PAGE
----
They are strong and they are resilient. They are adaptable. They are well-travelled and fiercely patriotic. They are bright, inquisitive and eager to help out, whether that is at home or in their communities. They have advantages many kids do not: parents with jobs and steady incomes, health care, safe housing, good education systems and access to early intervention programs.
But they are also children, and they are navigating a new and strange world of school and sports, bullies and gossip, first boyfriends and girlfriends, and puberty and hormones. Growing up is hard. It is scary. It is easy for kids to lose their way. And life can become harder and scarier when kids have to move every three years or when their parents miss portions of their childhoods because they are regularly deployed. And it becomes twice as hard when those parents come home changed from post-traumatic stress or traumatic brain injuries.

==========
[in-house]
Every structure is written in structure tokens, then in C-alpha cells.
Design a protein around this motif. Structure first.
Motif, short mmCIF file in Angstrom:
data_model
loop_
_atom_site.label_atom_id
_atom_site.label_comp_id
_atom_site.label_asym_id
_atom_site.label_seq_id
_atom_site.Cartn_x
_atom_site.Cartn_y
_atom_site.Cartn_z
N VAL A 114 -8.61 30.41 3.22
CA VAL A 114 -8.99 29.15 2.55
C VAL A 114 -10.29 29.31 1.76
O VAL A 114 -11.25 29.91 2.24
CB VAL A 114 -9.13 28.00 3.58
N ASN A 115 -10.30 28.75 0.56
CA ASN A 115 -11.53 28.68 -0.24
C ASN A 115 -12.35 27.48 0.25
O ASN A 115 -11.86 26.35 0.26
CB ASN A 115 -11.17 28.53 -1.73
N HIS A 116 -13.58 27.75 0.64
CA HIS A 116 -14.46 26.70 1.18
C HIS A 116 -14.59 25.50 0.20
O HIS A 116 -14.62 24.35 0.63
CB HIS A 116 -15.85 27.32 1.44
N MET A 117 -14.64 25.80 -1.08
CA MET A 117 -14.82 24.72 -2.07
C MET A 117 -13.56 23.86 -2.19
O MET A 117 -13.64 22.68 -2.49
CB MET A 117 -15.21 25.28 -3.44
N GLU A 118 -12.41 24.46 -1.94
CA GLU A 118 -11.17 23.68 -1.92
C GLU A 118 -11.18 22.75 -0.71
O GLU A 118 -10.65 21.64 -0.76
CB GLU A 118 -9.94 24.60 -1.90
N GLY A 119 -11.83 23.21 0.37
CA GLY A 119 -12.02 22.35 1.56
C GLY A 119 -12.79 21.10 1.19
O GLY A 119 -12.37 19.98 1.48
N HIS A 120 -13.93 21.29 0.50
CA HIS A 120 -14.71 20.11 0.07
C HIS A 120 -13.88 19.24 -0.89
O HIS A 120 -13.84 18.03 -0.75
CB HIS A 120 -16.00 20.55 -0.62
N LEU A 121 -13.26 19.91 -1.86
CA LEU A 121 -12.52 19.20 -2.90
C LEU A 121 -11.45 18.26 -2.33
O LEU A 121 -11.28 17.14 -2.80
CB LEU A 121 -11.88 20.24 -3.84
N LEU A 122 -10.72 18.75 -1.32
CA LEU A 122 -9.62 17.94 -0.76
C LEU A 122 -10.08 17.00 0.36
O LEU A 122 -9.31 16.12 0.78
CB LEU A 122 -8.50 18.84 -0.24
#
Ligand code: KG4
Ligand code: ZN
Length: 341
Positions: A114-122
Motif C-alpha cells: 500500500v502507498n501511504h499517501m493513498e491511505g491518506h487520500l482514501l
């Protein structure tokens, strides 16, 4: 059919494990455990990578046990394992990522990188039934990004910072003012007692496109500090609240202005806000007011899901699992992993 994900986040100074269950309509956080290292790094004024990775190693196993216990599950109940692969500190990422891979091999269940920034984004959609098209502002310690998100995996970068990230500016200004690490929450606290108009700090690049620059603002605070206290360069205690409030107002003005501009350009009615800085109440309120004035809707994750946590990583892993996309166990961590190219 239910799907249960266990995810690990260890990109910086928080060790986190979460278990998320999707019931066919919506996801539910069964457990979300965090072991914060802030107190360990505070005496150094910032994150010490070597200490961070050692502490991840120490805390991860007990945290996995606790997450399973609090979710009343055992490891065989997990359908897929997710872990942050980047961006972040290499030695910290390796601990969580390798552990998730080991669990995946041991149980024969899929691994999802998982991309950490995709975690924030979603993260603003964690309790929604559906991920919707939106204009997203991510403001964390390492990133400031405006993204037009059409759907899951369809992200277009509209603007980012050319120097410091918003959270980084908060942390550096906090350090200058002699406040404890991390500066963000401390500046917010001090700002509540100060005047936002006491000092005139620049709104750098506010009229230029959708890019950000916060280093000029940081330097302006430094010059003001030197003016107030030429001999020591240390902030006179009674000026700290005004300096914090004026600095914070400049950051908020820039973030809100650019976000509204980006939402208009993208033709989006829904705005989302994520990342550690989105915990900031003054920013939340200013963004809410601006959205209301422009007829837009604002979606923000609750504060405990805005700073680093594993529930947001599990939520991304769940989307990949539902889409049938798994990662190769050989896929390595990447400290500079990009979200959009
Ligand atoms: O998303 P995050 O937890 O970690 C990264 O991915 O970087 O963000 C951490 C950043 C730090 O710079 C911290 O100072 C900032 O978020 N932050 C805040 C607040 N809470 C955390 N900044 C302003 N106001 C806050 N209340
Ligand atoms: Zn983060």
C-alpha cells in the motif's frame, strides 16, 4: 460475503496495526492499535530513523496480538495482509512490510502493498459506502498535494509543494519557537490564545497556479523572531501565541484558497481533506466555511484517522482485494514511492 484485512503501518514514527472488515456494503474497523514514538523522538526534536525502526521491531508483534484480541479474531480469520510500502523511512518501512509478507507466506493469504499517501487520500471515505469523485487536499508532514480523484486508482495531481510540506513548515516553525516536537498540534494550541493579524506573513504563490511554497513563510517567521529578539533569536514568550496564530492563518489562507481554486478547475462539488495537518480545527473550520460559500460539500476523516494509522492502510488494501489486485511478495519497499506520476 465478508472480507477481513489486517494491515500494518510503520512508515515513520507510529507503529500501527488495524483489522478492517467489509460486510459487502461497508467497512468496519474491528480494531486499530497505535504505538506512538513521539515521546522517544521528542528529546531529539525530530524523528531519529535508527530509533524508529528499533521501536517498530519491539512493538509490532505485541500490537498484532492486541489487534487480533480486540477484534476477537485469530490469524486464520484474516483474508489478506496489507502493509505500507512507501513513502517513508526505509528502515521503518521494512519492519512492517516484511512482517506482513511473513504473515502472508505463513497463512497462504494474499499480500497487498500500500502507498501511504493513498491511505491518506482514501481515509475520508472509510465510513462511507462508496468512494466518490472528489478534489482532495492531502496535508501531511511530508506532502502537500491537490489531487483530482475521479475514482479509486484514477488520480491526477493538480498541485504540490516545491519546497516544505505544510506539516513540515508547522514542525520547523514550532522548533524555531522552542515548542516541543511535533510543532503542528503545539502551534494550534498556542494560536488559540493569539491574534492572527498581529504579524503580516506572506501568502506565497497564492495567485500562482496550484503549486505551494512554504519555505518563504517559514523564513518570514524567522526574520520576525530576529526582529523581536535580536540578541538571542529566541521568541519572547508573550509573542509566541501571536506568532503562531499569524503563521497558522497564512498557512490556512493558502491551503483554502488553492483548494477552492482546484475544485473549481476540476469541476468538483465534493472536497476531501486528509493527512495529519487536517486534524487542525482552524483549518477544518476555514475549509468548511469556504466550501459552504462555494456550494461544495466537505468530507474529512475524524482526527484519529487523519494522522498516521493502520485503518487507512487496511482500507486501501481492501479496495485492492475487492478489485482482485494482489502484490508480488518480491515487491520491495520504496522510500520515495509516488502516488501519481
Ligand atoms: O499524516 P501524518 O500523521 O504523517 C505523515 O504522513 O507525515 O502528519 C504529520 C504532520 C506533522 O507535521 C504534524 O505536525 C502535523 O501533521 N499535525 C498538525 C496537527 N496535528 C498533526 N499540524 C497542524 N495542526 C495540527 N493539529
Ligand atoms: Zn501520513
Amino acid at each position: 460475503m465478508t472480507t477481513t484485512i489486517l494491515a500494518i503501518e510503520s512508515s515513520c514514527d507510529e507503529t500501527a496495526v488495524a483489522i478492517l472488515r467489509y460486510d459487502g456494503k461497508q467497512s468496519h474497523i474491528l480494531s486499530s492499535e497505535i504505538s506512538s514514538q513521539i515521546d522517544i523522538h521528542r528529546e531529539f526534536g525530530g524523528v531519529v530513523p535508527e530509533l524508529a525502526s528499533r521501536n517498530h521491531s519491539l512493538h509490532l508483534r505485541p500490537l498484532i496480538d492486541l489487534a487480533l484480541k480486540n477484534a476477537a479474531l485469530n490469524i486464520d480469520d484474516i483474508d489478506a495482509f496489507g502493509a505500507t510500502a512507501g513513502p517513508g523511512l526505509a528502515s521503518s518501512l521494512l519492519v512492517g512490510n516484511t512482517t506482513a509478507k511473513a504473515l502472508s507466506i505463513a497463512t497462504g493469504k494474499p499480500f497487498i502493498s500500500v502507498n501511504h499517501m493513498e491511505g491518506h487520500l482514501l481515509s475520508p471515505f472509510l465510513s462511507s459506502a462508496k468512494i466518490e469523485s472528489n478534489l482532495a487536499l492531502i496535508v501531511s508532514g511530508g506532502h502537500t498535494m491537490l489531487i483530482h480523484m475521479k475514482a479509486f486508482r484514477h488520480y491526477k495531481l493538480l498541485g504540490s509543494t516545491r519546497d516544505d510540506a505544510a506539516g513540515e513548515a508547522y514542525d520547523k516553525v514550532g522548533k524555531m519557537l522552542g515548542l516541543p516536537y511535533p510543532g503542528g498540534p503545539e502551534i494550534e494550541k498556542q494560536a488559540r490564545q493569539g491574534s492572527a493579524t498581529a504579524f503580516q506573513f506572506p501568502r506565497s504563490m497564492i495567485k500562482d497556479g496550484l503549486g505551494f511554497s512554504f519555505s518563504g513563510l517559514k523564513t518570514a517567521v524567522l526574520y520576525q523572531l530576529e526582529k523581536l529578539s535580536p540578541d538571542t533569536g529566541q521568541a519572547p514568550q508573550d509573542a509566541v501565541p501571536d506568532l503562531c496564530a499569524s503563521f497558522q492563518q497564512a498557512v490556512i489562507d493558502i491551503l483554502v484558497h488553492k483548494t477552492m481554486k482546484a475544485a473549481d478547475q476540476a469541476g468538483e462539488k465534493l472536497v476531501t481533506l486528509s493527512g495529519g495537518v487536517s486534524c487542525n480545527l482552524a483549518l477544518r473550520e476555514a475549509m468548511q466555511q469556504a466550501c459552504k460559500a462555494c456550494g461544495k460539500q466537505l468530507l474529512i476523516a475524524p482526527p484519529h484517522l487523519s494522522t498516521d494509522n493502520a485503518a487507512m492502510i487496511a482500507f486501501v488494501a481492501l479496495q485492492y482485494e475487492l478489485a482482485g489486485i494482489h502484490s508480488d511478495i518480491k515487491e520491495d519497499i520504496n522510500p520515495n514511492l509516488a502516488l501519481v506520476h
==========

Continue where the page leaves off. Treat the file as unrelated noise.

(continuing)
While most Army kids tend to handle one or two deployments well, and as a whole are doing great, experts say the trouble can start with repeated, back-to-back deployments.
“Kids often experience more anxiety,” said Dr. Michael Faran, a psychiatrist, retired colonel and chief of the Child, Adolescent and Family Behavioral Health Office, or CAFBHO, at Army Medical Command, explaining that while there is not a lot of data, some studies suggest about 30 percent of children will have difficulties as a result of deployment. “There’s an increase in depression and anxiety. There can be a decrease in academic performance. In some adolescents, there’s an increase in use of drugs and alcohol. And there has been more gang activity reported in some teens.”